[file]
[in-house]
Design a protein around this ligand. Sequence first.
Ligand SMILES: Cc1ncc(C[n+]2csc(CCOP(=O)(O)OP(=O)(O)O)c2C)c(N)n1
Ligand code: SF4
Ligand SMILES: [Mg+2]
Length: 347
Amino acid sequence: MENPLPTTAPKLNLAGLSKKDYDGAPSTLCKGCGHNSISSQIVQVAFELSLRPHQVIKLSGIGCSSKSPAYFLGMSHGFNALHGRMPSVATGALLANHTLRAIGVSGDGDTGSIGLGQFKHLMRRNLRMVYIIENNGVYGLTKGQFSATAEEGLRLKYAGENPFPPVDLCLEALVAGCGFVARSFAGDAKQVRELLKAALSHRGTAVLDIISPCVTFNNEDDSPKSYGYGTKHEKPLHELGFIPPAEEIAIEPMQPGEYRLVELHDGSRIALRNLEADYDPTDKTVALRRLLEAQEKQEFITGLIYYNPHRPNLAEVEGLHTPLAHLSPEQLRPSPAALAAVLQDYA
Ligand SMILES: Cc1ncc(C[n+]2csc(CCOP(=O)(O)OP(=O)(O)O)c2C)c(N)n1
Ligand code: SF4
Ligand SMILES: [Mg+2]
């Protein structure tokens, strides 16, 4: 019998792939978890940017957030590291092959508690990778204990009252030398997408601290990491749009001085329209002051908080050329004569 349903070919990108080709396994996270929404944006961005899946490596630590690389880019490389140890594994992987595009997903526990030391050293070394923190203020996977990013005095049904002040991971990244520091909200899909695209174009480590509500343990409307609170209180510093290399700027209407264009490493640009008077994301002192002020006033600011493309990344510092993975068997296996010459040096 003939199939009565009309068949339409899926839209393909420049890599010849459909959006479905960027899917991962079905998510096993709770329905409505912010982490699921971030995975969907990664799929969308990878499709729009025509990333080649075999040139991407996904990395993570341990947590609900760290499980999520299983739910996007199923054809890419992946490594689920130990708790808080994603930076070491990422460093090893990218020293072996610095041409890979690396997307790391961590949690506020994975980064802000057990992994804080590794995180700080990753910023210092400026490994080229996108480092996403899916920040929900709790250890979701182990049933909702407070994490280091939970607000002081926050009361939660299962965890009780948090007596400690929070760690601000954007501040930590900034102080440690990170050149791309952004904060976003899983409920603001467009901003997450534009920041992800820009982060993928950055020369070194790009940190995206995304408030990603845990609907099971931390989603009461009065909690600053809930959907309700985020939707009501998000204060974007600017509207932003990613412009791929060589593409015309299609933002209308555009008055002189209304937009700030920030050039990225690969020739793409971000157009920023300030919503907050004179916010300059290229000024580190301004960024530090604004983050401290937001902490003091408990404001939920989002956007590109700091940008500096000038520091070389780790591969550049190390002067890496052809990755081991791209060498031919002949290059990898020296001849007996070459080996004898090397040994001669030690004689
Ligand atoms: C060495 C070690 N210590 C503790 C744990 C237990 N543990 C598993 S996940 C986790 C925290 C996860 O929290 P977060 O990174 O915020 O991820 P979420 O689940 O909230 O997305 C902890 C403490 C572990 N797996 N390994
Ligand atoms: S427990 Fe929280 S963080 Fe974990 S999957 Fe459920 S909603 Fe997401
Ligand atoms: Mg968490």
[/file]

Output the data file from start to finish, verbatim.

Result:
[in-house]
Design a protein around this ligand. Sequence first.
Ligand SMILES: Cc1ncc(C[n+]2csc(CCOP(=O)(O)OP(=O)(O)O)c2C)c(N)n1
Ligand code: SF4
Ligand SMILES: [Mg+2]
Length: 347
Amino acid sequence: MENPLPTTAPKLNLAGLSKKDYDGAPSTLCKGCGHNSISSQIVQVAFELSLRPHQVIKLSGIGCSSKSPAYFLGMSHGFNALHGRMPSVATGALLANHTLRAIGVSGDGDTGSIGLGQFKHLMRRNLRMVYIIENNGVYGLTKGQFSATAEEGLRLKYAGENPFPPVDLCLEALVAGCGFVARSFAGDAKQVRELLKAALSHRGTAVLDIISPCVTFNNEDDSPKSYGYGTKHEKPLHELGFIPPAEEIAIEPMQPGEYRLVELHDGSRIALRNLEADYDPTDKTVALRRLLEAQEKQEFITGLIYYNPHRPNLAEVEGLHTPLAHLSPEQLRPSPAALAAVLQDYA
Ligand SMILES: Cc1ncc(C[n+]2csc(CCOP(=O)(O)OP(=O)(O)O)c2C)c(N)n1
Ligand code: SF4
Ligand SMILES: [Mg+2]
């Protein structure tokens, strides 16, 4: 019998792939978890940017957030590291092959508690990778204990009252030398997408601290990491749009001085329209002051908080050329004569 349903070919990108080709396994996270929404944006961005899946490596630590690389880019490389140890594994992987595009997903526990030391050293070394923190203020996977990013005095049904002040991971990244520091909200899909695209174009480590509500343990409307609170209180510093290399700027209407264009490493640009008077994301002192002020006033600011493309990344510092993975068997296996010459040096 003939199939009565009309068949339409899926839209393909420049890599010849459909959006479905960027899917991962079905998510096993709770329905409505912010982490699921971030995975969907990664799929969308990878499709729009025509990333080649075999040139991407996904990395993570341990947590609900760290499980999520299983739910996007199923054809890419992946490594689920130990708790808080994603930076070491990422460093090893990218020293072996610095041409890979690396997307790391961590949690506020994975980064802000057990992994804080590794995180700080990753910023210092400026490994080229996108480092996403899916920040929900709790250890979701182990049933909702407070994490280091939970607000002081926050009361939660299962965890009780948090007596400690929070760690601000954007501040930590900034102080440690990170050149791309952004904060976003899983409920603001467009901003997450534009920041992800820009982060993928950055020369070194790009940190995206995304408030990603845990609907099971931390989603009461009065909690600053809930959907309700985020939707009501998000204060974007600017509207932003990613412009791929060589593409015309299609933002209308555009008055002189209304937009700030920030050039990225690969020739793409971000157009920023300030919503907050004179916010300059290229000024580190301004960024530090604004983050401290937001902490003091408990404001939920989002956007590109700091940008500096000038520091070389780790591969550049190390002067890496052809990755081991791209060498031919002949290059990898020296001849007996070459080996004898090397040994001669030690004689
Ligand atoms: C060495 C070690 N210590 C503790 C744990 C237990 N543990 C598993 S996940 C986790 C925290 C996860 O929290 P977060 O990174 O915020 O991820 P979420 O689940 O909230 O997305 C902890 C403490 C572990 N797996 N390994
Ligand atoms: S427990 Fe929280 S963080 Fe974990 S999957 Fe459920 S909603 Fe997401
Ligand atoms: Mg968490």